<p>Ben Provest’s room is a chaotic cross between an organised study bedroom and a messy music studio. His desk is peppered with sheets of loose-leaf paper, with a well-loved keyboard and an expensive set of speakers sitting on top. Across the room rests a mini conch shell nestled between two framed photographs of his beloved […]</p>
Ben Provest’s room is a chaotic cross between an organised study bedroom and a messy music studio. His desk is peppered with sheets of loose-leaf paper, with a well-loved keyboard and an expensive set of speakers sitting on top. Across the room rests a mini conch shell nestled between two framed photographs of his beloved Queensland beaches.
He politely offers me wine, beer, mineral water – “Anything?!” – as he settles down in front of me with a contagious grin.
Ben is an artist making a break with his musical past. Ditching the formulaic style of pet project Benny and the Dukes, Ben is instead diving headfirst into new musical territory, intrigued by the potential of the pop-synth scene. In his own words,
“It’s all the same music, it’s just orchestrated in a different way that could be more relevant to today’s audience.”
Ben praises the work of pop artists such as Megan Washington, Sahara Beck and in particular Lorde, who he believes is a pioneer for her unique sense of pop musicality. Ben keeps his finger on the pulse of contemporary pop styles, a skill he attributes to studying at the VCA. He admits that before the VCA he didn’t know how to arrange or orchestrate bands, a task that he had previously done by ear, which for Ben was,”organic, but also limiting”.
I imagined that studying the intricacies of music and having these conversations in a classroom would be a dream for Ben. But Ben notes that the business elements, such as the marketing and publicity of his image that are essential for ‘contemporary music success’, are not taught at the VCA. Rather it has taken a back seat for the greater purpose of continuing to grow as an academic musician.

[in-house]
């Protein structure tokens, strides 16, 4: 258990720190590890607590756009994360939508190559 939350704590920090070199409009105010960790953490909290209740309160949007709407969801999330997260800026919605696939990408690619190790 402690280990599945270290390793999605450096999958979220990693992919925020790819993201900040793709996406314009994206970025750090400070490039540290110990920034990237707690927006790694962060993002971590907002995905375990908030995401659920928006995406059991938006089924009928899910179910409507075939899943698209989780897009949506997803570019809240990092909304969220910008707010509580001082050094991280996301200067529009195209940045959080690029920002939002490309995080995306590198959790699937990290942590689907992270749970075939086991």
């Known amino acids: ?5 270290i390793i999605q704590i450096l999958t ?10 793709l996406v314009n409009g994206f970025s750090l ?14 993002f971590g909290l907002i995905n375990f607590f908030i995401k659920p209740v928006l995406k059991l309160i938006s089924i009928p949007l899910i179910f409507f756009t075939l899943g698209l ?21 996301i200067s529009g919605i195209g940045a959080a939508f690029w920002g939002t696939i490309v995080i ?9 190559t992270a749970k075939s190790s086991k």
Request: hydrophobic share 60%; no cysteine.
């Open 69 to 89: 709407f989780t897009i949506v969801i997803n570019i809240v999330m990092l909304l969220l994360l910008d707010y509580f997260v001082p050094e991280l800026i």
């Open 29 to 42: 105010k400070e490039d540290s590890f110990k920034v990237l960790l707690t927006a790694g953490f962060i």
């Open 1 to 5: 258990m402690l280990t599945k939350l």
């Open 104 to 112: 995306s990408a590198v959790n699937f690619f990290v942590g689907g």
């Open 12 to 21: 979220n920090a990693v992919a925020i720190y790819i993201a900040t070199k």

We think back on the hits of the past year in music. I list a few and ask what sort of song is more attractive to the pop audience – a song with a narrative like ‘Someone Like You’ or ones more like ‘Anaconda’.
“It’s the only thing that separates songs now” he explains, “harmonically, music is so similar… it’s always in the four-four time signature… they follow a very similar formula… so the narrative is the distinguishing factor.” To Ben, “if you write great poetry, it’s very easy to write a melody.”
Ben found great difficulty in expressing his desire to study music to his very non-musical family. Ben elaborated how his family were dubious about his decision, constantly possessing a “Oh great, you like music, but what’s your day job?” mentality. Ben later admits he had considered going down the investment-banking path to assuage his family’s concerns. But I’m sure glad he didn’t.